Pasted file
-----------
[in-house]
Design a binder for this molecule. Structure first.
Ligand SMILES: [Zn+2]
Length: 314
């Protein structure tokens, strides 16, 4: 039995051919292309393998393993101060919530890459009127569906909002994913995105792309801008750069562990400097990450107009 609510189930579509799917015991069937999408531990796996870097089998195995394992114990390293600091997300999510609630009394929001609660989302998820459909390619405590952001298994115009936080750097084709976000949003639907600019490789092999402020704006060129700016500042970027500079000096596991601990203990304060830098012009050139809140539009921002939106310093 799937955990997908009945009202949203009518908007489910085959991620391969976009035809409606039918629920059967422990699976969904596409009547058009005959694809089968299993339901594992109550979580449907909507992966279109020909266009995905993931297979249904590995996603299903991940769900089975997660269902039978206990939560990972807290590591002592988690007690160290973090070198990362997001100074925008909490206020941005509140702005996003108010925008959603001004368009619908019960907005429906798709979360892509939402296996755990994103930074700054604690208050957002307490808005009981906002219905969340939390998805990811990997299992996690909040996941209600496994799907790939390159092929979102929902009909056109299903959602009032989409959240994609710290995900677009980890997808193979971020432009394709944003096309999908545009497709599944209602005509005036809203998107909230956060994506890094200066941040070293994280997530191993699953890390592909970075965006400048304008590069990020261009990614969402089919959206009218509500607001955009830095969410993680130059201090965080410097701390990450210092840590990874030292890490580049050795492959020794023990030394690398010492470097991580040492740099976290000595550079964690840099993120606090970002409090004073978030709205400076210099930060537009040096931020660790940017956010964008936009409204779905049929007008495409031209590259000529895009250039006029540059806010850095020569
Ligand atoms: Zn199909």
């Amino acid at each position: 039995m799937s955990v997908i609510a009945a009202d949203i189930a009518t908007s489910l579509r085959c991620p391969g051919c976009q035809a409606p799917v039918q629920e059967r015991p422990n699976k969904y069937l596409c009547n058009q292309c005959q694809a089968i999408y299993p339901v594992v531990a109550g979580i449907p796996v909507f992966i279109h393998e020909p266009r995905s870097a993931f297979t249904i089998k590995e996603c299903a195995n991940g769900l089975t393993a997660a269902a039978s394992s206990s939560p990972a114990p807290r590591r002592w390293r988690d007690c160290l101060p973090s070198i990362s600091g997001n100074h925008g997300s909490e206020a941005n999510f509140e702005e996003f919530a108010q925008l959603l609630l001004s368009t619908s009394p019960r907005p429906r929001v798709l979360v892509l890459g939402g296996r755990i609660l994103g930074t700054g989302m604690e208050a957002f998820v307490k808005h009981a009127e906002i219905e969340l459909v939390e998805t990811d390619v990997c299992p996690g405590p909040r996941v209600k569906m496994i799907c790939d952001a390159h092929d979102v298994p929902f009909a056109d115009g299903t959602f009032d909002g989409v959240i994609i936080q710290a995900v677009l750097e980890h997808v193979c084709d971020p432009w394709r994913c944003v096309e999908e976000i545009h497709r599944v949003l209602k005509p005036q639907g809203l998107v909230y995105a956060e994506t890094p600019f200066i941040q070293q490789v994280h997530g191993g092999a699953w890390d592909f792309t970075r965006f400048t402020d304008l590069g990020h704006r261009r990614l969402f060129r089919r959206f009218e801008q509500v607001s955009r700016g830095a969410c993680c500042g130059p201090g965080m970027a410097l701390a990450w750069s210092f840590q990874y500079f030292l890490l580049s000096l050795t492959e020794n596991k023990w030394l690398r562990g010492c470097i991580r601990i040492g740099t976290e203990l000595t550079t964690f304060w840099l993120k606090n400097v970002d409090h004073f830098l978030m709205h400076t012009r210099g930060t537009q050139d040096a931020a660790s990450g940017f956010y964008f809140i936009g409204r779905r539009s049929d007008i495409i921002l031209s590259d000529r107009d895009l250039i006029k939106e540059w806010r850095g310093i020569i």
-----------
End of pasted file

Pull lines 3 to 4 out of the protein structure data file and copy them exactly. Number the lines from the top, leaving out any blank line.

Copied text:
Ligand SMILES: [Zn+2]
Length: 314